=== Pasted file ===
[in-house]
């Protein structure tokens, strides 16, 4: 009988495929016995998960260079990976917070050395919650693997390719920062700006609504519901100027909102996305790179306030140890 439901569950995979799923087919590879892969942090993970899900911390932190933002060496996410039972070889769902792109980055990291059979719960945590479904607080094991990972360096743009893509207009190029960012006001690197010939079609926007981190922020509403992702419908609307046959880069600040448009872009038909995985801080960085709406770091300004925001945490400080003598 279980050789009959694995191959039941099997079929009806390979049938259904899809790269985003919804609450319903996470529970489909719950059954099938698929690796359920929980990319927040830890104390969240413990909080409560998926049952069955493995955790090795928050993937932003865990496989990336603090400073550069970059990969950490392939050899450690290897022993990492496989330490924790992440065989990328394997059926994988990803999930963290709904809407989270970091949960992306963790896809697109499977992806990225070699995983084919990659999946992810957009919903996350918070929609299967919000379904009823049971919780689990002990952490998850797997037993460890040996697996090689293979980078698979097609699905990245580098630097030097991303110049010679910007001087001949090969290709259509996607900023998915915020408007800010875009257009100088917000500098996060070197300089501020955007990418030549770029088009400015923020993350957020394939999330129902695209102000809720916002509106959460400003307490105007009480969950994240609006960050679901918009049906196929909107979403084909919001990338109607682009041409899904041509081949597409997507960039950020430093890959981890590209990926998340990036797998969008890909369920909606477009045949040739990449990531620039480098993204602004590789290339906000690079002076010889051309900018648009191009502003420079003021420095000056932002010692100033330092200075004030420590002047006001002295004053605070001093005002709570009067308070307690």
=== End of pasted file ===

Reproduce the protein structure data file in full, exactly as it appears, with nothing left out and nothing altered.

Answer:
[in-house]
């Protein structure tokens, strides 16, 4: 009988495929016995998960260079990976917070050395919650693997390719920062700006609504519901100027909102996305790179306030140890 439901569950995979799923087919590879892969942090993970899900911390932190933002060496996410039972070889769902792109980055990291059979719960945590479904607080094991990972360096743009893509207009190029960012006001690197010939079609926007981190922020509403992702419908609307046959880069600040448009872009038909995985801080960085709406770091300004925001945490400080003598 279980050789009959694995191959039941099997079929009806390979049938259904899809790269985003919804609450319903996470529970489909719950059954099938698929690796359920929980990319927040830890104390969240413990909080409560998926049952069955493995955790090795928050993937932003865990496989990336603090400073550069970059990969950490392939050899450690290897022993990492496989330490924790992440065989990328394997059926994988990803999930963290709904809407989270970091949960992306963790896809697109499977992806990225070699995983084919990659999946992810957009919903996350918070929609299967919000379904009823049971919780689990002990952490998850797997037993460890040996697996090689293979980078698979097609699905990245580098630097030097991303110049010679910007001087001949090969290709259509996607900023998915915020408007800010875009257009100088917000500098996060070197300089501020955007990418030549770029088009400015923020993350957020394939999330129902695209102000809720916002509106959460400003307490105007009480969950994240609006960050679901918009049906196929909107979403084909919001990338109607682009041409899904041509081949597409997507960039950020430093890959981890590209990926998340990036797998969008890909369920909606477009045949040739990449990531620039480098993204602004590789290339906000690079002076010889051309900018648009191009502003420079003021420095000056932002010692100033330092200075004030420590002047006001002295004053605070001093005002709570009067308070307690």